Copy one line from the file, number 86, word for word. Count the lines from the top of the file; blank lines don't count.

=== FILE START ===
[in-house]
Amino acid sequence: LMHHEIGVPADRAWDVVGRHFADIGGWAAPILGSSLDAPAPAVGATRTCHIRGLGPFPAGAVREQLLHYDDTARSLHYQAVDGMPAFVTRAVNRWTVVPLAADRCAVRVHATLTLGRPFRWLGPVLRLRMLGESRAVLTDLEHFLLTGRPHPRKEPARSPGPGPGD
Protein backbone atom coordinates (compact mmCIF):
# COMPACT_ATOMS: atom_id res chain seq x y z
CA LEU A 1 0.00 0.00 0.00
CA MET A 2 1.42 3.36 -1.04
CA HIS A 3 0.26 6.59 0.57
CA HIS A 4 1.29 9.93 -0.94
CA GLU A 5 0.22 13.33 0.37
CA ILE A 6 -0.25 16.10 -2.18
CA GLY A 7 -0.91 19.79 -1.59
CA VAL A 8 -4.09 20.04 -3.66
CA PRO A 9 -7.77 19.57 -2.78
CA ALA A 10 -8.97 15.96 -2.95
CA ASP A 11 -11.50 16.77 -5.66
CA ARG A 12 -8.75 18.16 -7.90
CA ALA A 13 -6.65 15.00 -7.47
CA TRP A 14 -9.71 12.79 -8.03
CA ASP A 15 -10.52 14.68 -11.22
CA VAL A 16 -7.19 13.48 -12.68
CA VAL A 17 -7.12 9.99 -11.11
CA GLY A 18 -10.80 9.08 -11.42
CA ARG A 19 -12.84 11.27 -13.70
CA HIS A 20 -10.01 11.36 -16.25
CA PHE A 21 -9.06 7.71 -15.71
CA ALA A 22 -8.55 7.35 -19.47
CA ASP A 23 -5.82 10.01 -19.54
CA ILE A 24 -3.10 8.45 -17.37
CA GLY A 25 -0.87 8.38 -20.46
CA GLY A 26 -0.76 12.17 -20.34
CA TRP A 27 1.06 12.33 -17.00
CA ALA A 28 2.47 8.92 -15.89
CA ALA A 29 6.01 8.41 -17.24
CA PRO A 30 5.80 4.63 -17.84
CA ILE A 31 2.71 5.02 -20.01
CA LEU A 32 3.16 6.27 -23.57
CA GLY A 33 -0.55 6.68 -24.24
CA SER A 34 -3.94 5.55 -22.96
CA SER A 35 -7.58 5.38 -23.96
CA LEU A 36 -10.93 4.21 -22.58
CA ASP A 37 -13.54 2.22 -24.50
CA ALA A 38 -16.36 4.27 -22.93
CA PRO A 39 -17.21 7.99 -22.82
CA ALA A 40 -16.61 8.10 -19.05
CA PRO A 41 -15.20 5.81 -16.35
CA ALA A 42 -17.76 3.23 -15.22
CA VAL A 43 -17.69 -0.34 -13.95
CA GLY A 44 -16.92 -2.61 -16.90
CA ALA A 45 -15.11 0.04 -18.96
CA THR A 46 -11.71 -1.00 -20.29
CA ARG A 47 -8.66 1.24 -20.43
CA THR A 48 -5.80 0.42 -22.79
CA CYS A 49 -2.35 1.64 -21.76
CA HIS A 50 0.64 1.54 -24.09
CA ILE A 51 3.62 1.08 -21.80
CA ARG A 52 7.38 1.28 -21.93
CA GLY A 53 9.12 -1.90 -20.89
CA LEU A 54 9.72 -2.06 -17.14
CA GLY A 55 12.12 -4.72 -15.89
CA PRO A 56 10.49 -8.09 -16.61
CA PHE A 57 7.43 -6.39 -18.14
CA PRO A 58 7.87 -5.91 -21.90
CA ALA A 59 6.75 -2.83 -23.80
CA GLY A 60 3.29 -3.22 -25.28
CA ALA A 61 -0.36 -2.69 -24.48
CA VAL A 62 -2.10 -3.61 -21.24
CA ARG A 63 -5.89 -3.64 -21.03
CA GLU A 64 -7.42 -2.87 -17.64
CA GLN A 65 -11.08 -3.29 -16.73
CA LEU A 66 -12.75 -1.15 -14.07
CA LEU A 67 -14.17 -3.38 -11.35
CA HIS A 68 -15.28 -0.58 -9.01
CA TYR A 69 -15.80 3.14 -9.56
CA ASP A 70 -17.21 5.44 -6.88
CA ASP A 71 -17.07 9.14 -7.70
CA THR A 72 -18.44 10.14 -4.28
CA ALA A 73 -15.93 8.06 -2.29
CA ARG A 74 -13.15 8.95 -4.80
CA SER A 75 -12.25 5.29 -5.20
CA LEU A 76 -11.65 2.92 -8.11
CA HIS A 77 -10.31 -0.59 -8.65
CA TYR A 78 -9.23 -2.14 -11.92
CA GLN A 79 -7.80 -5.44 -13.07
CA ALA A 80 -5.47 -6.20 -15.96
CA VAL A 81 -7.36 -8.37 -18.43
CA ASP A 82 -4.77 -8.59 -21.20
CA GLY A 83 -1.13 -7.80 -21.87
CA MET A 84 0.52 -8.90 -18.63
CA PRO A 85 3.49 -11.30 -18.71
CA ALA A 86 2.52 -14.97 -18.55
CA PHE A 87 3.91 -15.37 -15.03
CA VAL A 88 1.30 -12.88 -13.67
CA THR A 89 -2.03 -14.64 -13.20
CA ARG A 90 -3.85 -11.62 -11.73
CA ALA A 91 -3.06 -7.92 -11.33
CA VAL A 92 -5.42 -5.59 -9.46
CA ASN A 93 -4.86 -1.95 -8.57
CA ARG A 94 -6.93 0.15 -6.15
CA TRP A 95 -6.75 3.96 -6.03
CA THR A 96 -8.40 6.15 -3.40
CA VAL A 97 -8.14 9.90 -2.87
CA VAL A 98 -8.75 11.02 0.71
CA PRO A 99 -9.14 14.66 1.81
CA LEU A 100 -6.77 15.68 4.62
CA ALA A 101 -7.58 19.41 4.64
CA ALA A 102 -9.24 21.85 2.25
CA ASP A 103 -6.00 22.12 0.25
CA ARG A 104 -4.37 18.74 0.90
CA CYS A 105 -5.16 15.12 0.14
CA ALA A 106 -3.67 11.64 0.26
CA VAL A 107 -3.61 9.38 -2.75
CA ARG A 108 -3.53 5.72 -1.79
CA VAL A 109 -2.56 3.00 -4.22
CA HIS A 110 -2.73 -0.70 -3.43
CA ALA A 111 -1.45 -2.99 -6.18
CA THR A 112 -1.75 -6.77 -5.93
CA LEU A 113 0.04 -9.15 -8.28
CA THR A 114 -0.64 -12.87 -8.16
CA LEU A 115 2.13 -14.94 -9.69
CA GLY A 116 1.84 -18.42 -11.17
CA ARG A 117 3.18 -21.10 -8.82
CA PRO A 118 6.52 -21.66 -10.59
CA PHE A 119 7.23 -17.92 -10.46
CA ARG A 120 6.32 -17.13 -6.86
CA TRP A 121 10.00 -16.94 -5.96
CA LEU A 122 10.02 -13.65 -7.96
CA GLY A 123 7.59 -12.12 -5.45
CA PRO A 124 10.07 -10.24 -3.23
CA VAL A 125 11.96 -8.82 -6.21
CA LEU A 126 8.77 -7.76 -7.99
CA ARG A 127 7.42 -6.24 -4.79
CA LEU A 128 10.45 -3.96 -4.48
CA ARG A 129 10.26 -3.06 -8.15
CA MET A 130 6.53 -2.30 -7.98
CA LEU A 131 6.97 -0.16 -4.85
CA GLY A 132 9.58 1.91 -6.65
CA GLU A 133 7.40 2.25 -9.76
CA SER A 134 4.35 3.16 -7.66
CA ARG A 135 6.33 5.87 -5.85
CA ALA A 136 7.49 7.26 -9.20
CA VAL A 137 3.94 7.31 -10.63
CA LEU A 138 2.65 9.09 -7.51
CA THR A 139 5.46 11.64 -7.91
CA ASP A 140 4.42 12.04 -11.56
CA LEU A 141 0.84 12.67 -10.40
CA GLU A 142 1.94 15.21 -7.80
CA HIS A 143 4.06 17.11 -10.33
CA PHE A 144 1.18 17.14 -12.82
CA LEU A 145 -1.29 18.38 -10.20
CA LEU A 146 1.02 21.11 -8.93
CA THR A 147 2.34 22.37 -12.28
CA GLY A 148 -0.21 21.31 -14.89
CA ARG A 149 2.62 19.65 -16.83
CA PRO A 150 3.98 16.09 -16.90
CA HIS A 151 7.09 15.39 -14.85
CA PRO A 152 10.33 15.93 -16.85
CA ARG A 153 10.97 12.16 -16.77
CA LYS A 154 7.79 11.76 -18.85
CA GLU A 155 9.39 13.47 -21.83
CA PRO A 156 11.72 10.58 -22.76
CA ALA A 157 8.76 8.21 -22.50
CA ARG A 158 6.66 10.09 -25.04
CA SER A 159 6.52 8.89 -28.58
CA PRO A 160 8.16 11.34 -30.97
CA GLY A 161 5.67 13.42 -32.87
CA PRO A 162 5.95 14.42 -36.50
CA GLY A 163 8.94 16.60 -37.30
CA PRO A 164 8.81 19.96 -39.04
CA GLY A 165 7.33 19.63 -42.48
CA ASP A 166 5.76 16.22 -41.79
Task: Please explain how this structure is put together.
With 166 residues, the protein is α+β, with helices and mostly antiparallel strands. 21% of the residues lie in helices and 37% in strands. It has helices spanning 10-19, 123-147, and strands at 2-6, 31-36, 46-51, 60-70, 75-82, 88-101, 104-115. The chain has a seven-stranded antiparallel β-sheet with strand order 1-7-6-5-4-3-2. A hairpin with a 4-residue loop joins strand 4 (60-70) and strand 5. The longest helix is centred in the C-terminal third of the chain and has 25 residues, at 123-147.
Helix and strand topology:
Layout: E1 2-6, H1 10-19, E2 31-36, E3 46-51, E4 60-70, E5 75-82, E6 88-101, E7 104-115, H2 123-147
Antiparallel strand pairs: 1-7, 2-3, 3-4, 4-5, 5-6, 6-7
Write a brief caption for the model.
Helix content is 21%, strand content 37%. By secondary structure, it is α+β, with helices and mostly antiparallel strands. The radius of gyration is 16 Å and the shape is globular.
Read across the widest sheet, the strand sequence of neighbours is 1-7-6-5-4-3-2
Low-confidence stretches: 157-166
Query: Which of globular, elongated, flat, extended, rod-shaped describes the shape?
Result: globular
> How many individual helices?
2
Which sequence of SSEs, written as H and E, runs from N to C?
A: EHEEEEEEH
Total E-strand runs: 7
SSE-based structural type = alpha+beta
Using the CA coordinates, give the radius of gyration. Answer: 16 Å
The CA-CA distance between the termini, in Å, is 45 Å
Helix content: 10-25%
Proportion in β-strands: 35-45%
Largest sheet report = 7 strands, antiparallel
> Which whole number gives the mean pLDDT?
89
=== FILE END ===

CA ASP A 82 -4.77 -8.59 -21.20